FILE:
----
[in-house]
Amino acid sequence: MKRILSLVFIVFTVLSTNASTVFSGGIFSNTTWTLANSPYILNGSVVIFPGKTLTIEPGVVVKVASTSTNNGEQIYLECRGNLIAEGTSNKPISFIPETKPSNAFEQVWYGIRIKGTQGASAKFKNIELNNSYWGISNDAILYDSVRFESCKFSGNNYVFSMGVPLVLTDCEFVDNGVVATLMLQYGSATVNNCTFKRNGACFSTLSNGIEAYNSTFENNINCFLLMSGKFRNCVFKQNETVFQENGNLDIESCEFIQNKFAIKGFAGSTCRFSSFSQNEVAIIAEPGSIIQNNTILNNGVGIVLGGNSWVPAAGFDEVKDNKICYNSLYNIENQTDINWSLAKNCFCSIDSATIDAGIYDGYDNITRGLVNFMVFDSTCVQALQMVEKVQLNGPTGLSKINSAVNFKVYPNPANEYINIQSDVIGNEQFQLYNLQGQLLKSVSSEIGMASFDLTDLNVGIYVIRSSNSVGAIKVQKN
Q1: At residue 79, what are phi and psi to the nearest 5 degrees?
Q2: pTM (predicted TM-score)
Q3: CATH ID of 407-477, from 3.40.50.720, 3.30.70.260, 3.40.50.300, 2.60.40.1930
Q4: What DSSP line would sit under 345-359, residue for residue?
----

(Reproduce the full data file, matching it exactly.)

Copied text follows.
[in-house]
Amino acid sequence: MKRILSLVFIVFTVLSTNASTVFSGGIFSNTTWTLANSPYILNGSVVIFPGKTLTIEPGVVVKVASTSTNNGEQIYLECRGNLIAEGTSNKPISFIPETKPSNAFEQVWYGIRIKGTQGASAKFKNIELNNSYWGISNDAILYDSVRFESCKFSGNNYVFSMGVPLVLTDCEFVDNGVVATLMLQYGSATVNNCTFKRNGACFSTLSNGIEAYNSTFENNINCFLLMSGKFRNCVFKQNETVFQENGNLDIESCEFIQNKFAIKGFAGSTCRFSSFSQNEVAIIAEPGSIIQNNTILNNGVGIVLGGNSWVPAAGFDEVKDNKICYNSLYNIENQTDINWSLAKNCFCSIDSATIDAGIYDGYDNITRGLVNFMVFDSTCVQALQMVEKVQLNGPTGLSKINSAVNFKVYPNPANEYINIQSDVIGNEQFQLYNLQGQLLKSVSSEIGMASFDLTDLNVGIYVIRSSNSVGAIKVQKN
Q1: At residue 79, what are phi and psi to the nearest 5 degrees?
Q2: pTM (predicted TM-score)
Q3: CATH ID of 407-477, from 3.40.50.720, 3.30.70.260, 3.40.50.300, 2.60.40.1930
Q4: What DSSP line would sit under 345-359, residue for residue?